Drive Trays ....................................................................................................................... 17
MUX Kit ............................................................................................................................ 18
The RAID Controller Module ............................................................................................ 19
Controller Module Interfaces ............................................................................................ 20
DIMM Module ................................................................................................................... 21
Battery Backup Module .................................................................................................... 21
Power Supply Units .......................................................................................................... 22
Cooling Modules............................................................................................................... 22
Subsystem Monitoring ............................................................................................. 23
Hot-swappable Components ................................................................................... 24
Hot-swap Capabilities ....................................................................................................... 24
Components ..................................................................................................................... 24
Normalized Airflow ........................................................................................................... 24
Chapter 2 Hardware Installation ................................................................. 25
Introduction .............................................................................................................. 25
Installation Prerequisites ......................................................................................... 25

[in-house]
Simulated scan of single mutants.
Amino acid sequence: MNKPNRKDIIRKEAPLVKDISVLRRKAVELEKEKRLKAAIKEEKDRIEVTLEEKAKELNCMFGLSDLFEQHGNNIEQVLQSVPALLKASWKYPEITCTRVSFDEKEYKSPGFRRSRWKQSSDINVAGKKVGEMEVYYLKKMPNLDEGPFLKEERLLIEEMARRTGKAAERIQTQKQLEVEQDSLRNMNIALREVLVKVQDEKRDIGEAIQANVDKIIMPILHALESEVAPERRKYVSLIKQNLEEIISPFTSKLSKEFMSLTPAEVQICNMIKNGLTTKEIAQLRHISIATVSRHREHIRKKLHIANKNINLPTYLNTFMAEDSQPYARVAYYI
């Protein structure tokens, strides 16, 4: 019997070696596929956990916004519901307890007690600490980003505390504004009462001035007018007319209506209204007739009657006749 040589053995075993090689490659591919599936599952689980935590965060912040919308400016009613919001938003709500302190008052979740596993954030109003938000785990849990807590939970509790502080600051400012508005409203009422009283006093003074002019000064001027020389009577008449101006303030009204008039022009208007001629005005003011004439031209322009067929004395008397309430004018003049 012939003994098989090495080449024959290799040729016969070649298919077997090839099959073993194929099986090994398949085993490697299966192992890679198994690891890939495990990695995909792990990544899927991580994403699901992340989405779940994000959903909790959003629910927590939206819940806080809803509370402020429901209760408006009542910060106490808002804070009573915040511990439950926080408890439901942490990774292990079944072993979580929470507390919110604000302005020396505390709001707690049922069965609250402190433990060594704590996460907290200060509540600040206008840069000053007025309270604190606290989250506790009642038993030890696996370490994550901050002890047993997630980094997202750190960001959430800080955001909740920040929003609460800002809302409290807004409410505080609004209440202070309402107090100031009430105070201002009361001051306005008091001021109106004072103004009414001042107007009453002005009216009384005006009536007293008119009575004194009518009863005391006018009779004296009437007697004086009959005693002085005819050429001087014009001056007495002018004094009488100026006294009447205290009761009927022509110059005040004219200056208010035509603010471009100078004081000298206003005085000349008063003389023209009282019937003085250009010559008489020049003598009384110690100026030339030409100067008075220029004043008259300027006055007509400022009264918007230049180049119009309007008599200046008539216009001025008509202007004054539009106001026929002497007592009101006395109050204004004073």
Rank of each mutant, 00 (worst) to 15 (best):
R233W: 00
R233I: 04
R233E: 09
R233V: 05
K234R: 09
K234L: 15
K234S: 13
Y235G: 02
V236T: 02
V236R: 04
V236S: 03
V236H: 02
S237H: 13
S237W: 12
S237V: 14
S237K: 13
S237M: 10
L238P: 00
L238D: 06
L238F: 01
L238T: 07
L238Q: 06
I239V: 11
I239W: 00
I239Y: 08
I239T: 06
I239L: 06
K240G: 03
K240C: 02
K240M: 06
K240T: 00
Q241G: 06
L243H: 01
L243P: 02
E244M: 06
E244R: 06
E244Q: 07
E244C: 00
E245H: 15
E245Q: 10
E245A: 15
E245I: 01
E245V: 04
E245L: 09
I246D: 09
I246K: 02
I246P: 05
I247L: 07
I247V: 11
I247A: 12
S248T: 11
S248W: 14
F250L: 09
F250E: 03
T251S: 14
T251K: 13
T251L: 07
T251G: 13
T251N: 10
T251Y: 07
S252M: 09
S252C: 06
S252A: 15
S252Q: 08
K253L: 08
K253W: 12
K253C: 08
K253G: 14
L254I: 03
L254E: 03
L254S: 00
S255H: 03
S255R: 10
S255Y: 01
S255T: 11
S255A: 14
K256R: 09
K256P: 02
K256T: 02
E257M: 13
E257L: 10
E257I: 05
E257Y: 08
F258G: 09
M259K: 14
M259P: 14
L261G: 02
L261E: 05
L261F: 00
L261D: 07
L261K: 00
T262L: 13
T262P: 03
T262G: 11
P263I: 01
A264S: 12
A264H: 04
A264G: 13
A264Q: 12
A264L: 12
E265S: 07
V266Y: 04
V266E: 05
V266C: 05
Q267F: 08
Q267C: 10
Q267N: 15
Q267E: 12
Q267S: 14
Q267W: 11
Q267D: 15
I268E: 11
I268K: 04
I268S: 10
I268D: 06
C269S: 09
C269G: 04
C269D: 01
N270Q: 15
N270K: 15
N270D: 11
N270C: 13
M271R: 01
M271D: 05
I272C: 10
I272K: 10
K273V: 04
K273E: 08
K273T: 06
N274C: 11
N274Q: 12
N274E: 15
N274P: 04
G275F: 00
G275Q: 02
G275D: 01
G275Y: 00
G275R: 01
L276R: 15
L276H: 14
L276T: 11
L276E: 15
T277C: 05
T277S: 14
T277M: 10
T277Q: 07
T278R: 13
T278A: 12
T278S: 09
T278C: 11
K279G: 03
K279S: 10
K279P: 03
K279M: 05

Safety Precautions .................................................................................................. 27
Precautions and Instructions ............................................................................................ 27
Static-free Installation ....................................................................................................... 29
General Installation Procedure ................................................................................ 29
Installation Procedure Flowchart ...................................................................................... 30
Unpacking the Subsystem ....................................................................................... 31
Preinstalled Components ................................................................................................. 31
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Galaxy GHDX4 RAID iSCSI-SAS/SATA Installation and Hardware Reference Manual
Components to be Installed .............................................................................................. 31
Rack/Cabinet Installation ......................................................................................... 32
Package Contents ............................................................................................................ 32
Installation Pre-requisites ................................................................................................. 33
Rack-mounting Steps ....................................................................................................... 33
BBU and FBM Installation ....................................................................................... 37
BBU Module Installation Overview ................................................................................... 37
BBU Warnings and Precautions ....................................................................................... 37
BBU Installation Procedure .............................................................................................. 37